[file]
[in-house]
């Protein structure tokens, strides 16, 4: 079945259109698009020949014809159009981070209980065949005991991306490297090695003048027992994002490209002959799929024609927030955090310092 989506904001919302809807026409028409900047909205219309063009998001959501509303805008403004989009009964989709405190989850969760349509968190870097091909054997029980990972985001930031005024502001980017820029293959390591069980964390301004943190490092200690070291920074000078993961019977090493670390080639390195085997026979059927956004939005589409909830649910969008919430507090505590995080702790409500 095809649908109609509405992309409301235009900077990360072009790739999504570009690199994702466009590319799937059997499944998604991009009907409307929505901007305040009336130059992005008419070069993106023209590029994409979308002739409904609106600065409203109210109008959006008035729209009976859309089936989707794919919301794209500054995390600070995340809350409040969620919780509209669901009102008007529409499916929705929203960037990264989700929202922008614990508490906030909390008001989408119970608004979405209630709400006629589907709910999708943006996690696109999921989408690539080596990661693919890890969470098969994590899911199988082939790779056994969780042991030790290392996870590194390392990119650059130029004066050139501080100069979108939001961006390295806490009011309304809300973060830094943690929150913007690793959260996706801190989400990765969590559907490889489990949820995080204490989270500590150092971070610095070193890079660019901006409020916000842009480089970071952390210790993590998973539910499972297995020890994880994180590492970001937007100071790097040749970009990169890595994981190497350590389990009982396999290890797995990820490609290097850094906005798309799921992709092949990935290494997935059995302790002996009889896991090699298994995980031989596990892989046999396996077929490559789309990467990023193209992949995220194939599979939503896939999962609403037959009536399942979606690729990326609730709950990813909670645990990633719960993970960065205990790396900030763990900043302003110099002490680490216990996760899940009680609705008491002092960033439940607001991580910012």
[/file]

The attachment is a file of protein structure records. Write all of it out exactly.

[in-house]
């Protein structure tokens, strides 16, 4: 079945259109698009020949014809159009981070209980065949005991991306490297090695003048027992994002490209002959799929024609927030955090310092 989506904001919302809807026409028409900047909205219309063009998001959501509303805008403004989009009964989709405190989850969760349509968190870097091909054997029980990972985001930031005024502001980017820029293959390591069980964390301004943190490092200690070291920074000078993961019977090493670390080639390195085997026979059927956004939005589409909830649910969008919430507090505590995080702790409500 095809649908109609509405992309409301235009900077990360072009790739999504570009690199994702466009590319799937059997499944998604991009009907409307929505901007305040009336130059992005008419070069993106023209590029994409979308002739409904609106600065409203109210109008959006008035729209009976859309089936989707794919919301794209500054995390600070995340809350409040969620919780509209669901009102008007529409499916929705929203960037990264989700929202922008614990508490906030909390008001989408119970608004979405209630709400006629589907709910999708943006996690696109999921989408690539080596990661693919890890969470098969994590899911199988082939790779056994969780042991030790290392996870590194390392990119650059130029004066050139501080100069979108939001961006390295806490009011309304809300973060830094943690929150913007690793959260996706801190989400990765969590559907490889489990949820995080204490989270500590150092971070610095070193890079660019901006409020916000842009480089970071952390210790993590998973539910499972297995020890994880994180590492970001937007100071790097040749970009990169890595994981190497350590389990009982396999290890797995990820490609290097850094906005798309799921992709092949990935290494997935059995302790002996009889896991090699298994995980031989596990892989046999396996077929490559789309990467990023193209992949995220194939599979939503896939999962609403037959009536399942979606690729990326609730709950990813909670645990990633719960993970960065205990790396900030763990900043302003110099002490680490216990996760899940009680609705008491002092960033439940607001991580910012």